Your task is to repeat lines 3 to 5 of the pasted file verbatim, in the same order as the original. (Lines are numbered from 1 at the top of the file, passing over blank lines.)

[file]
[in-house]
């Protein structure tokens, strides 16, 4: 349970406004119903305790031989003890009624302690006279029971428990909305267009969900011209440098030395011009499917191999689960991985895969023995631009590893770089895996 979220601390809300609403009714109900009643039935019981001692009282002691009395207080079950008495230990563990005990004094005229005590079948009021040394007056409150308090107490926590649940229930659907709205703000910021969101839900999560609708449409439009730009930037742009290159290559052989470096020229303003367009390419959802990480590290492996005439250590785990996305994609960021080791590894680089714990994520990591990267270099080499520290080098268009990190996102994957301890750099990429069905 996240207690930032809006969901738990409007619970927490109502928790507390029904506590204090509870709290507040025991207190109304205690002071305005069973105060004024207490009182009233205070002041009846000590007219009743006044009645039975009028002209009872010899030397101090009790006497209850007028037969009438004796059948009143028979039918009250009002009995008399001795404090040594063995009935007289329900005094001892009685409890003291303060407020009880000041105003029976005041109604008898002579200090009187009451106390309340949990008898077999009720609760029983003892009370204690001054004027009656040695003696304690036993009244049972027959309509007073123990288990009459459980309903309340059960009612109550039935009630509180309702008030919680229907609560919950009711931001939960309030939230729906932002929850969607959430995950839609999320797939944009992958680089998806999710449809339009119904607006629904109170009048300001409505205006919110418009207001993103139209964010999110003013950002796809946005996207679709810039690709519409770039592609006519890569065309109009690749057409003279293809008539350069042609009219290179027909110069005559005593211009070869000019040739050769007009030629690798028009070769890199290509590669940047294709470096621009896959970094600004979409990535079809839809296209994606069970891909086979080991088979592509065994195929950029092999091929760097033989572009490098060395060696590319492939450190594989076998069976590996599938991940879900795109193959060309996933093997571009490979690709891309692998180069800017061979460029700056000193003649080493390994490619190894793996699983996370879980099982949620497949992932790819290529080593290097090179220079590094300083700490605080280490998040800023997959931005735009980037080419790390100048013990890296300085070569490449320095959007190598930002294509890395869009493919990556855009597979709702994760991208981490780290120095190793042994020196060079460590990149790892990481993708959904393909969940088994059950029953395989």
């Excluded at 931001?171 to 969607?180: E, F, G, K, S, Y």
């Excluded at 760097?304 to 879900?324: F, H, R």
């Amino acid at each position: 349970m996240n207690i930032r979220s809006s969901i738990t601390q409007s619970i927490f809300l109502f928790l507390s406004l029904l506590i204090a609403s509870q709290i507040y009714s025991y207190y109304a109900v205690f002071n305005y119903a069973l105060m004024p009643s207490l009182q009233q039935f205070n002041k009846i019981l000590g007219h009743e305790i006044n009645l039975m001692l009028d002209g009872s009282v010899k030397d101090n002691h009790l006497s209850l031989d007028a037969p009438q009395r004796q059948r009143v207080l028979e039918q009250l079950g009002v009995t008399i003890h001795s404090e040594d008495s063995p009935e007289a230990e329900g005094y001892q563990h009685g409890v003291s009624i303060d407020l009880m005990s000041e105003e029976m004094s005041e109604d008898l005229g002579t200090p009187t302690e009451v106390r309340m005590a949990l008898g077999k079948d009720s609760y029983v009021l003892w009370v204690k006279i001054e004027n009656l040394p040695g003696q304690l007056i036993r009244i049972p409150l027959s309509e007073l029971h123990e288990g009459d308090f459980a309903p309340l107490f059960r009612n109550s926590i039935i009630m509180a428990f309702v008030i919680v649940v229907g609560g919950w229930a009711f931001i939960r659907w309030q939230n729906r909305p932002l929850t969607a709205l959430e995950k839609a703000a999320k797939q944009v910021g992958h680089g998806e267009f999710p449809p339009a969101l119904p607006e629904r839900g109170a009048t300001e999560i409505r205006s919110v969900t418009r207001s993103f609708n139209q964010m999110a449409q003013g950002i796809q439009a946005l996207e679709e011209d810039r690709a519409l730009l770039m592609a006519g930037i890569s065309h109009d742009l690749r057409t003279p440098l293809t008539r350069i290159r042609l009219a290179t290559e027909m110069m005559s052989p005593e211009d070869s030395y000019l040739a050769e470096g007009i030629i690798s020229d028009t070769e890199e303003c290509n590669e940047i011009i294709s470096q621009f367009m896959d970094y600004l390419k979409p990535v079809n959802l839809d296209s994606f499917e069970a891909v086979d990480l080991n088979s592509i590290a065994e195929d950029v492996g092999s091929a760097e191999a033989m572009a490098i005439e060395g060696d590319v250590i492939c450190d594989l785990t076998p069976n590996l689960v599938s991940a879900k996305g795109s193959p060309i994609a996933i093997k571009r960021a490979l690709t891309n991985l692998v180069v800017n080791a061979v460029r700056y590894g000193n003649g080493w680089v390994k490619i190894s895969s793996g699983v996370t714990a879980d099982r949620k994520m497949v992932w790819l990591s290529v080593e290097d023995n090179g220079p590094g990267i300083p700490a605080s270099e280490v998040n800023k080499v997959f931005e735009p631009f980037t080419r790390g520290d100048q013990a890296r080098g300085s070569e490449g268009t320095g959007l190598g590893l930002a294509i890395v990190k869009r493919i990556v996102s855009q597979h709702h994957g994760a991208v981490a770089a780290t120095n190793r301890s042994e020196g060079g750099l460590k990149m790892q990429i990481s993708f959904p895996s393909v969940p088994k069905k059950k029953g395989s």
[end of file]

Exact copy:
């Excluded at 931001?171 to 969607?180: E, F, G, K, S, Y």
């Excluded at 760097?304 to 879900?324: F, H, R």
């Amino acid at each position: 349970m996240n207690i930032r979220s809006s969901i738990t601390q409007s619970i927490f809300l109502f928790l507390s406004l029904l506590i204090a609403s509870q709290i507040y009714s025991y207190y109304a109900v205690f002071n305005y119903a069973l105060m004024p009643s207490l009182q009233q039935f205070n002041k009846i019981l000590g007219h009743e305790i006044n009645l039975m001692l009028d002209g009872s009282v010899k030397d101090n002691h009790l006497s209850l031989d007028a037969p009438q009395r004796q059948r009143v207080l028979e039918q009250l079950g009002v009995t008399i003890h001795s404090e040594d008495s063995p009935e007289a230990e329900g005094y001892q563990h009685g409890v003291s009624i303060d407020l009880m005990s000041e105003e029976m004094s005041e109604d008898l005229g002579t200090p009187t302690e009451v106390r309340m005590a949990l008898g077999k079948d009720s609760y029983v009021l003892w009370v204690k006279i001054e004027n009656l040394p040695g003696q304690l007056i036993r009244i049972p409150l027959s309509e007073l029971h123990e288990g009459d308090f459980a309903p309340l107490f059960r009612n109550s926590i039935i009630m509180a428990f309702v008030i919680v649940v229907g609560g919950w229930a009711f931001i939960r659907w309030q939230n729906r909305p932002l929850t969607a709205l959430e995950k839609a703000a999320k797939q944009v910021g992958h680089g998806e267009f999710p449809p339009a969101l119904p607006e629904r839900g109170a009048t300001e999560i409505r205006s919110v969900t418009r207001s993103f609708n139209q964010m999110a449409q003013g950002i796809q439009a946005l996207e679709e011209d810039r690709a519409l730009l770039m592609a006519g930037i890569s065309h109009d742009l690749r057409t003279p440098l293809t008539r350069i290159r042609l009219a290179t290559e027909m110069m005559s052989p005593e211009d070869s030395y000019l040739a050769e470096g007009i030629i690798s020229d028009t070769e890199e303003c290509n590669e940047i011009i294709s470096q621009f367009m896959d970094y600004l390419k979409p990535v079809n959802l839809d296209s994606f499917e069970a891909v086979d990480l080991n088979s592509i590290a065994e195929d950029v492996g092999s091929a760097e191999a033989m572009a490098i005439e060395g060696d590319v250590i492939c450190d594989l785990t076998p069976n590996l689960v599938s991940a879900k996305g795109s193959p060309i994609a996933i093997k571009r960021a490979l690709t891309n991985l692998v180069v800017n080791a061979v460029r700056y590894g000193n003649g080493w680089v390994k490619i190894s895969s793996g699983v996370t714990a879980d099982r949620k994520m497949v992932w790819l990591s290529v080593e290097d023995n090179g220079p590094g990267i300083p700490a605080s270099e280490v998040n800023k080499v997959f931005e735009p631009f980037t080419r790390g520290d100048q013990a890296r080098g300085s070569e490449g268009t320095g959007l190598g590893l930002a294509i890395v990190k869009r493919i990556v996102s855009q597979h709702h994957g994760a991208v981490a770089a780290t120095n190793r301890s042994e020196g060079g750099l460590k990149m790892q990429i990481s993708f959904p895996s393909v969940p088994k069905k059950k029953g395989s």